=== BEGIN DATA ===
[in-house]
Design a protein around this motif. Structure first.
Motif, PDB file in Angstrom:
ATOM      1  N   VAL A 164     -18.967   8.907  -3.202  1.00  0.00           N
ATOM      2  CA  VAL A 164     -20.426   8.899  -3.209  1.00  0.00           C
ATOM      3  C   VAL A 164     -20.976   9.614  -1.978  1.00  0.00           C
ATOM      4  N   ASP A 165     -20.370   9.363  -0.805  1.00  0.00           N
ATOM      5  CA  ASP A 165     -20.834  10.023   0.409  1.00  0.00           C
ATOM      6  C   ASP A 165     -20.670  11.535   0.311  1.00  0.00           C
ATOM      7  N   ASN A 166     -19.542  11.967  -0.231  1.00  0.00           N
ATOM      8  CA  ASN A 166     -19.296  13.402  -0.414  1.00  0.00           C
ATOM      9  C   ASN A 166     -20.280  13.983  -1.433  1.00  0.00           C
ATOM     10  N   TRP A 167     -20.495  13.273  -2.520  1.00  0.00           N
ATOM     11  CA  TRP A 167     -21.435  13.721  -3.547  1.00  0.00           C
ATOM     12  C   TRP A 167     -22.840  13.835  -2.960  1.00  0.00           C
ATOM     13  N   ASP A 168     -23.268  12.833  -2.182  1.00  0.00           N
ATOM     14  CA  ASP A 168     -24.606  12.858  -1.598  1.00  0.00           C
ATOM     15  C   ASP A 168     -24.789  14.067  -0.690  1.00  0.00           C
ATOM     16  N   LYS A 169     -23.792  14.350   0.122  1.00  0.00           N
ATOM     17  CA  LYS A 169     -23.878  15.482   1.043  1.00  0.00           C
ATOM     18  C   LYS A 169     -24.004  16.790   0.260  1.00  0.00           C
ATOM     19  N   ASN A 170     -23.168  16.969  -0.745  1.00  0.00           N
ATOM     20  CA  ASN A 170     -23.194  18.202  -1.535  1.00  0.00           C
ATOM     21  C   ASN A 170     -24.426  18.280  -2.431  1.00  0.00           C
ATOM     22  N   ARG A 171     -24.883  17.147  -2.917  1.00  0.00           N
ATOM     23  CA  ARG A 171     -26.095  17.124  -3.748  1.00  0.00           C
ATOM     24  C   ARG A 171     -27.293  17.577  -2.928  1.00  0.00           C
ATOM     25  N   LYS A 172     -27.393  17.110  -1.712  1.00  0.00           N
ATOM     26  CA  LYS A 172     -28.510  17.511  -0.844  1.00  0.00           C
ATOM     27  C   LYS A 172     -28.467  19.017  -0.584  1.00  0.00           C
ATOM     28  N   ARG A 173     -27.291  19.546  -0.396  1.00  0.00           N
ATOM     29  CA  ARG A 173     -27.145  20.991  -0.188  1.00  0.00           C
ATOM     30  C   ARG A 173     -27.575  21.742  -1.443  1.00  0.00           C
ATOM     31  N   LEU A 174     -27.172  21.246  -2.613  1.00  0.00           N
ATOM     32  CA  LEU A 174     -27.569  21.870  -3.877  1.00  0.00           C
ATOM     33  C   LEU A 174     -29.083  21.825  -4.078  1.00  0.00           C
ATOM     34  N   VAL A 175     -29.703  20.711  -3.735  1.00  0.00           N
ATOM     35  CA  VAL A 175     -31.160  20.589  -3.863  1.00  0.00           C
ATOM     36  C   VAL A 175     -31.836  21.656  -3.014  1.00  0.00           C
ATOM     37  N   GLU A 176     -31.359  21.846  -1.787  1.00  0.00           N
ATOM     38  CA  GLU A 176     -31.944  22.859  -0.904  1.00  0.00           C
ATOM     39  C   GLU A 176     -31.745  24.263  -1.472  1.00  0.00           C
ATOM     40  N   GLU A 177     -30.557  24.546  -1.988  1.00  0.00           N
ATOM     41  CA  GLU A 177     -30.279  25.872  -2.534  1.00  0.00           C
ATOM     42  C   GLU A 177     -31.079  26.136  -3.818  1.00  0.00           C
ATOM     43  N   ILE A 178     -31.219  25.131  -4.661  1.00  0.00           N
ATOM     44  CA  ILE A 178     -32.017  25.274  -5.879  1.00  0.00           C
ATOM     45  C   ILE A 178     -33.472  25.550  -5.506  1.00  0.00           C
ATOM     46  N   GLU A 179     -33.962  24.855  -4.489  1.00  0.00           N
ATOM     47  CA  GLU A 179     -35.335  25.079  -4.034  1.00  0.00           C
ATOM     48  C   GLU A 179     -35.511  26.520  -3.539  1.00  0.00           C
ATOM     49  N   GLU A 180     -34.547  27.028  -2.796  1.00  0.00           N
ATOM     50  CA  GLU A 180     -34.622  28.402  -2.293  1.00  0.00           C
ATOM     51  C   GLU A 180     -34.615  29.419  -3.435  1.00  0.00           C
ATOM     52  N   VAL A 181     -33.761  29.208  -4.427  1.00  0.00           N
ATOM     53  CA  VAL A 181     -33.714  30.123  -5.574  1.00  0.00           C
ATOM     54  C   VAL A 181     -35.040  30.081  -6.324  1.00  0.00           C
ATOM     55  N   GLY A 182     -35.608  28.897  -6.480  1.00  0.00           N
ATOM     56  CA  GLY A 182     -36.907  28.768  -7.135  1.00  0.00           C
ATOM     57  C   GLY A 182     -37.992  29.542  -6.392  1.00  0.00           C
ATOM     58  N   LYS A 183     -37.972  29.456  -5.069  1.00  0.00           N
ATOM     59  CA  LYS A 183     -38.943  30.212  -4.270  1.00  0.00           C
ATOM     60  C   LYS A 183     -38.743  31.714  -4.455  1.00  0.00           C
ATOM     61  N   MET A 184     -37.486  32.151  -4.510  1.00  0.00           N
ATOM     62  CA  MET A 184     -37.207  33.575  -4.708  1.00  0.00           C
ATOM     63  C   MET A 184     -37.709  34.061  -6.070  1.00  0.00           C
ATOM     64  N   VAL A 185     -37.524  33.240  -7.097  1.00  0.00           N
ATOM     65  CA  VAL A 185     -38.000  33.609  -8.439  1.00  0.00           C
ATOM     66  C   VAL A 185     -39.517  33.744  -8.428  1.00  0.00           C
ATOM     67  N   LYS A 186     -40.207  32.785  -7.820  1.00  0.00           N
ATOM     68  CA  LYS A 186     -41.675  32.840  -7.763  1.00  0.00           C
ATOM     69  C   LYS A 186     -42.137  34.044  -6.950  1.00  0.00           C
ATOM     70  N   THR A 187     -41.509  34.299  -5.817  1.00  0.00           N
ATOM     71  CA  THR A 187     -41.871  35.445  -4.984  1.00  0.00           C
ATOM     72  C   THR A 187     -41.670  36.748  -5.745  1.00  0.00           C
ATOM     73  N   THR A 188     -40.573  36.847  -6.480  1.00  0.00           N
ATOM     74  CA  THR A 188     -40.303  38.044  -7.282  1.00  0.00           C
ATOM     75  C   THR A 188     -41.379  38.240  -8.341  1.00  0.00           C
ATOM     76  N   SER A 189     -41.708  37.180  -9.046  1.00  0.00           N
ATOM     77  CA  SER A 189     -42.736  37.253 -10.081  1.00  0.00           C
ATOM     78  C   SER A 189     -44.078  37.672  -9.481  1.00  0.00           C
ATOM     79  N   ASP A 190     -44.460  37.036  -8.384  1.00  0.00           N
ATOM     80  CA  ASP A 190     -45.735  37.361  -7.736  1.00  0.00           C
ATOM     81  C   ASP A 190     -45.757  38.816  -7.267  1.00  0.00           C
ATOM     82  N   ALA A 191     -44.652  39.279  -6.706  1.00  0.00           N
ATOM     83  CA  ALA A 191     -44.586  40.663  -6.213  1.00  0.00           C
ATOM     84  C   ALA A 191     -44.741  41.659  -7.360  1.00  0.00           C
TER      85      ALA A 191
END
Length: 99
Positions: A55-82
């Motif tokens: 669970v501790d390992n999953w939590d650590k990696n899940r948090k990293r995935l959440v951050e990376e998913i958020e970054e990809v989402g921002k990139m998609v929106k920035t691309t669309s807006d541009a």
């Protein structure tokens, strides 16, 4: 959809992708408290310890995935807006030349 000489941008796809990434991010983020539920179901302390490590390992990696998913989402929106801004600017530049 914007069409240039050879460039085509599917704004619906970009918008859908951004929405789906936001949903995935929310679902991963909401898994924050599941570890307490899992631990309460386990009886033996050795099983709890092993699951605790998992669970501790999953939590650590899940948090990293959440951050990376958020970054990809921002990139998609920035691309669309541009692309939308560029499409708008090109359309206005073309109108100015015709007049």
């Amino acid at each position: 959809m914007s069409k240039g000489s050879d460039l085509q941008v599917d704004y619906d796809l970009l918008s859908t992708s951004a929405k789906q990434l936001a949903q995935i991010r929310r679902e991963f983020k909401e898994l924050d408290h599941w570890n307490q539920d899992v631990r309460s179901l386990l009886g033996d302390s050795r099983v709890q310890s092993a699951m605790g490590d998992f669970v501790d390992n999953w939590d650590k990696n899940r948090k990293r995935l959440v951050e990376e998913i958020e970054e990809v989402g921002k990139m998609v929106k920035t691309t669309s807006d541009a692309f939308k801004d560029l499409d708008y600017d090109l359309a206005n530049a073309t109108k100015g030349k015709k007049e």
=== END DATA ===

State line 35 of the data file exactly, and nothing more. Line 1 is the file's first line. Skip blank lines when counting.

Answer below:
ATOM     32  CA  LEU A 174     -27.569  21.870  -3.877  1.00  0.00           C